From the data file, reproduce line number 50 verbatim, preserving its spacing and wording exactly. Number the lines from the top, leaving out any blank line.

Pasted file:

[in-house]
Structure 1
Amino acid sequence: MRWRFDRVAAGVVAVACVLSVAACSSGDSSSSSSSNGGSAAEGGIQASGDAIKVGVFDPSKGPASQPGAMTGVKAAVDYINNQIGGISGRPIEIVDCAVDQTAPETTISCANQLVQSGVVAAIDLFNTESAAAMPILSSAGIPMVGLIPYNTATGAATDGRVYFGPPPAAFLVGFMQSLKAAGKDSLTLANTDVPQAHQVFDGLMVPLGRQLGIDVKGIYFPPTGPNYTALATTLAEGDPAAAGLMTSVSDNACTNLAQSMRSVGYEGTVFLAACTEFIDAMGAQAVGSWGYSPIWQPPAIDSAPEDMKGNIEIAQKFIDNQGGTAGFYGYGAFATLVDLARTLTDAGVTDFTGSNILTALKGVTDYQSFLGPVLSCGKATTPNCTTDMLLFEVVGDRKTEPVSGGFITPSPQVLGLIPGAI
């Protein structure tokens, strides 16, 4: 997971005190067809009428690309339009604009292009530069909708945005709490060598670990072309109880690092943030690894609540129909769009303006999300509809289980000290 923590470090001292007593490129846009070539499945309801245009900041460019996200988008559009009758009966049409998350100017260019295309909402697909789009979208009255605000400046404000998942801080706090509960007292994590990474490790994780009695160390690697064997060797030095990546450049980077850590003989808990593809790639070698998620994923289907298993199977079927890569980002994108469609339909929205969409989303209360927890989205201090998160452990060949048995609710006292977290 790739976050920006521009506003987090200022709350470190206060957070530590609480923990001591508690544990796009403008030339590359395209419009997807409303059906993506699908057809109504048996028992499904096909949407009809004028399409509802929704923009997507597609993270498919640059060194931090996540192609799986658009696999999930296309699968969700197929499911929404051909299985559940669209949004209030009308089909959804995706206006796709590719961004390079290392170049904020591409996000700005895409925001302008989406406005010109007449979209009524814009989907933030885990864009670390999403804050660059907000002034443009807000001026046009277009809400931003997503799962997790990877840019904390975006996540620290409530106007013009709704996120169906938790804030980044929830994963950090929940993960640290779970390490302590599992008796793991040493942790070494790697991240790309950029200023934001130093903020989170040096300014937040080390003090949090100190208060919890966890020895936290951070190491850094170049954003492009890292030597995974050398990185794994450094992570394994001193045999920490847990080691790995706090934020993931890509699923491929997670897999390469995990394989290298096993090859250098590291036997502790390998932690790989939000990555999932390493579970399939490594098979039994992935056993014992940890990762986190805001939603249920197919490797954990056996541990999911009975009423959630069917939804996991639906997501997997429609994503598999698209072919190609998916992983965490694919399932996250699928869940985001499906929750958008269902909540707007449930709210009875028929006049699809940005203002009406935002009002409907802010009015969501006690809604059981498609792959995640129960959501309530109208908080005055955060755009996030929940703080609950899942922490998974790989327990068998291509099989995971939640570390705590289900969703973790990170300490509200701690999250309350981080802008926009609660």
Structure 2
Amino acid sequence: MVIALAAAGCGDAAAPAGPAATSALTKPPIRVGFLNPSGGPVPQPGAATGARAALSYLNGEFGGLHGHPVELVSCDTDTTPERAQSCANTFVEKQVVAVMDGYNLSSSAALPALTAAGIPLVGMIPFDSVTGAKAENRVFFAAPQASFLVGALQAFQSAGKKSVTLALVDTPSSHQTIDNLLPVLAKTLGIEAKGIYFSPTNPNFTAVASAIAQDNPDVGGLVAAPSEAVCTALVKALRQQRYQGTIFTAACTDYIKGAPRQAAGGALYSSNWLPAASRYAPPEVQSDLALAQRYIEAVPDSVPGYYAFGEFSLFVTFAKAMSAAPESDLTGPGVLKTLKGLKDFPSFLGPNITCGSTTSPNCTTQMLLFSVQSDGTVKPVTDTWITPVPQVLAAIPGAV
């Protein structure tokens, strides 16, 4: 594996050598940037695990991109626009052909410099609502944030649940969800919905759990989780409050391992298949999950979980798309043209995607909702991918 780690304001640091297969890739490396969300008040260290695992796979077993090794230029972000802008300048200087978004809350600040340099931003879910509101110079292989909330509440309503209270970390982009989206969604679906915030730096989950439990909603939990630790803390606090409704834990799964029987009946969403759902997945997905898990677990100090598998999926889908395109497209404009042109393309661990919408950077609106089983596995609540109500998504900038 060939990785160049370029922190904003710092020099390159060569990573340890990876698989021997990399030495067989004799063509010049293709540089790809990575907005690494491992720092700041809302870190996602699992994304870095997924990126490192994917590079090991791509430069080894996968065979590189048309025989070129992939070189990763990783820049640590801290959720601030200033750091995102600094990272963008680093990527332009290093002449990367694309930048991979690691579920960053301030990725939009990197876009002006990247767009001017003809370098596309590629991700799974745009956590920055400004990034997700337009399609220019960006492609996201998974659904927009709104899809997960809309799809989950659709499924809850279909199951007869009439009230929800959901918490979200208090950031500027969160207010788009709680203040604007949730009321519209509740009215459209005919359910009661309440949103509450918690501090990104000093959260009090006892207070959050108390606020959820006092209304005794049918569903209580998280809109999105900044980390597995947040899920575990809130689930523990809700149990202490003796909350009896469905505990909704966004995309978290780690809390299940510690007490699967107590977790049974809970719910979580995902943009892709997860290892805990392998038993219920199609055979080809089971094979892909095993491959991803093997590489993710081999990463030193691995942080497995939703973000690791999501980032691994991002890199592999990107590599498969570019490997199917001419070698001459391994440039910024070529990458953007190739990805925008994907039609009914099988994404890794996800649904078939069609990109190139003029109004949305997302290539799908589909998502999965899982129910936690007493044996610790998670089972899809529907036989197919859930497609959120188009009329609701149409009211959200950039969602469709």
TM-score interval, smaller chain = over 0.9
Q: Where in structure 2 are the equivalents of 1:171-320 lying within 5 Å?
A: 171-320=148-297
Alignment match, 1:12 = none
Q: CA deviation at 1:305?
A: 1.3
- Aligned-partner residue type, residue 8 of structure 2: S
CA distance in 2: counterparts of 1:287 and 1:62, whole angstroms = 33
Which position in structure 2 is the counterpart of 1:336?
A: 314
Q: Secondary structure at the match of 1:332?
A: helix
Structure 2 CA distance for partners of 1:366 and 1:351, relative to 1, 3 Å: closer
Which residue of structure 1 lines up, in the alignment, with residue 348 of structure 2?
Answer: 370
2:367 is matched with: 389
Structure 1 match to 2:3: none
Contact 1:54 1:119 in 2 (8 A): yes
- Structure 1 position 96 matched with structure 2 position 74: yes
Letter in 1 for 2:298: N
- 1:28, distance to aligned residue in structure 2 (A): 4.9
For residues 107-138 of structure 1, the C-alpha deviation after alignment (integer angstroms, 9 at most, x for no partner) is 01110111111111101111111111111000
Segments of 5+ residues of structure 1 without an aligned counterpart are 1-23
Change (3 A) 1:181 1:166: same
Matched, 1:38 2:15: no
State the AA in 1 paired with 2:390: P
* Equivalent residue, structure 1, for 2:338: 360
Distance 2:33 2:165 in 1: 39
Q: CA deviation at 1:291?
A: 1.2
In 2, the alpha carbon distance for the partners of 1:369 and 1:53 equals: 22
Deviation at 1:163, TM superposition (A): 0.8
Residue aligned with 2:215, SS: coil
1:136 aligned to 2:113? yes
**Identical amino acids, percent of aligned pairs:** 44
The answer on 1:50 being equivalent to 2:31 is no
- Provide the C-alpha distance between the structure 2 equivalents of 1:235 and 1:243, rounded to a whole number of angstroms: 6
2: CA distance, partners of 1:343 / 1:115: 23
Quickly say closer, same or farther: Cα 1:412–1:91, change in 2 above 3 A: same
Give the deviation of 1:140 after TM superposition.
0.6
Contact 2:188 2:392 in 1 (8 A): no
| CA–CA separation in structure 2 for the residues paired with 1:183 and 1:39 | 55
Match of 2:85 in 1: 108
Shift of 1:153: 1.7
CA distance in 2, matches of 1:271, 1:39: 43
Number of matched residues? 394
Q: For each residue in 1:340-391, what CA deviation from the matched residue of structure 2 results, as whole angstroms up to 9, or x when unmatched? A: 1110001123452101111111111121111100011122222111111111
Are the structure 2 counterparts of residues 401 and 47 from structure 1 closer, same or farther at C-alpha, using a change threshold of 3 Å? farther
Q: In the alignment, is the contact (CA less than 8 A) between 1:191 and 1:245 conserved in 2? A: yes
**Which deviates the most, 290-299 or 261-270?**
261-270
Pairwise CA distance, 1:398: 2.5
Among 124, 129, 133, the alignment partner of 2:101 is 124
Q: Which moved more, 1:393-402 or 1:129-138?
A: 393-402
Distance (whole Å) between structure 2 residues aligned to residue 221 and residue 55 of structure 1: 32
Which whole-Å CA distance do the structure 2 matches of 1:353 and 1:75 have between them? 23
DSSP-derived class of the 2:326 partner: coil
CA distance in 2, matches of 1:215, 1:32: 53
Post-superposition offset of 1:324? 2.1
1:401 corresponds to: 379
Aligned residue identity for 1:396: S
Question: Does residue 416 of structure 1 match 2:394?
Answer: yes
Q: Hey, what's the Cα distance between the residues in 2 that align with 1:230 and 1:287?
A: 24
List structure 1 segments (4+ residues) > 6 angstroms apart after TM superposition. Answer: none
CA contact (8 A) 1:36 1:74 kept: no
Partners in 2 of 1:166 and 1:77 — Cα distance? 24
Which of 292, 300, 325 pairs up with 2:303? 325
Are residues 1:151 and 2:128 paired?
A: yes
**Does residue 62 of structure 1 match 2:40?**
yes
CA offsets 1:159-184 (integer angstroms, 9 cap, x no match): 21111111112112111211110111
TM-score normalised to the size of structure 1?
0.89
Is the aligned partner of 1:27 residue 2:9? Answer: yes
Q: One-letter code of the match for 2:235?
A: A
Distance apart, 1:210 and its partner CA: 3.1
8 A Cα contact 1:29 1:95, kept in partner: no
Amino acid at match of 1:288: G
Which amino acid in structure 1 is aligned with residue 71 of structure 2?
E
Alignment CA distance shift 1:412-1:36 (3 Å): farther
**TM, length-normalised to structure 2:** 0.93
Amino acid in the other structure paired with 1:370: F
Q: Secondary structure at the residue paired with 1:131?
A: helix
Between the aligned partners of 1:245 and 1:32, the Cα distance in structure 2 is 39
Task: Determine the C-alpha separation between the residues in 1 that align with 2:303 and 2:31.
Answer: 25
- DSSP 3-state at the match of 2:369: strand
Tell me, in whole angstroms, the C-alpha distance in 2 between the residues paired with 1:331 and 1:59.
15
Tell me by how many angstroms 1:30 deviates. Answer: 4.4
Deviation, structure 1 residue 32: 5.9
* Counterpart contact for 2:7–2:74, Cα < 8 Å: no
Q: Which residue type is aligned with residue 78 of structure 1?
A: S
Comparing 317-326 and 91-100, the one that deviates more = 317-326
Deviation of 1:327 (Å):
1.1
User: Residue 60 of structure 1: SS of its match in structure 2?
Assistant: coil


| CA–CA separation in structure 2 for the residues paired with 1:183 and 1:39 | 55